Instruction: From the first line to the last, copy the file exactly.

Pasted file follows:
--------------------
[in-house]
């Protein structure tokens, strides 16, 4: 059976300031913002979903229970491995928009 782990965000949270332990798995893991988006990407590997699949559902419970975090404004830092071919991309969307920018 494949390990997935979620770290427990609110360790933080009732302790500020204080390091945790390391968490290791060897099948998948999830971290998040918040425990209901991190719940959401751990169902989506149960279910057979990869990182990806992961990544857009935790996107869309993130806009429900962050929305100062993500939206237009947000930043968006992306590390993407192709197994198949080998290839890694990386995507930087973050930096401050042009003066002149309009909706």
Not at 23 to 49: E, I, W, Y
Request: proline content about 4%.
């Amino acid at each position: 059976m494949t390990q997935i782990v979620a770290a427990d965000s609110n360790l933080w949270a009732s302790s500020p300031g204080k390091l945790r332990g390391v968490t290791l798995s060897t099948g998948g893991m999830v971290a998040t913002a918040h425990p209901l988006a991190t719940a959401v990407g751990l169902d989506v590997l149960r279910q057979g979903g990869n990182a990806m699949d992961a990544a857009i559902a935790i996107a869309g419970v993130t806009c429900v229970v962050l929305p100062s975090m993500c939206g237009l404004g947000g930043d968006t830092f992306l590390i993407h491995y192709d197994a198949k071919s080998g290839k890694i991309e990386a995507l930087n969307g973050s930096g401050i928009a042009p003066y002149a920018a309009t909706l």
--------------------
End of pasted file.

[in-house]
């Protein structure tokens, strides 16, 4: 059976300031913002979903229970491995928009 782990965000949270332990798995893991988006990407590997699949559902419970975090404004830092071919991309969307920018 494949390990997935979620770290427990609110360790933080009732302790500020204080390091945790390391968490290791060897099948998948999830971290998040918040425990209901991190719940959401751990169902989506149960279910057979990869990182990806992961990544857009935790996107869309993130806009429900962050929305100062993500939206237009947000930043968006992306590390993407192709197994198949080998290839890694990386995507930087973050930096401050042009003066002149309009909706």
Not at 23 to 49: E, I, W, Y
Request: proline content about 4%.
């Amino acid at each position: 059976m494949t390990q997935i782990v979620a770290a427990d965000s609110n360790l933080w949270a009732s302790s500020p300031g204080k390091l945790r332990g390391v968490t290791l798995s060897t099948g998948g893991m999830v971290a998040t913002a918040h425990p209901l988006a991190t719940a959401v990407g751990l169902d989506v590997l149960r279910q057979g979903g990869n990182a990806m699949d992961a990544a857009i559902a935790i996107a869309g419970v993130t806009c429900v229970v962050l929305p100062s975090m993500c939206g237009l404004g947000g930043d968006t830092f992306l590390i993407h491995y192709d197994a198949k071919s080998g290839k890694i991309e990386a995507l930087n969307g973050s930096g401050i928009a042009p003066y002149a920018a309009t909706l």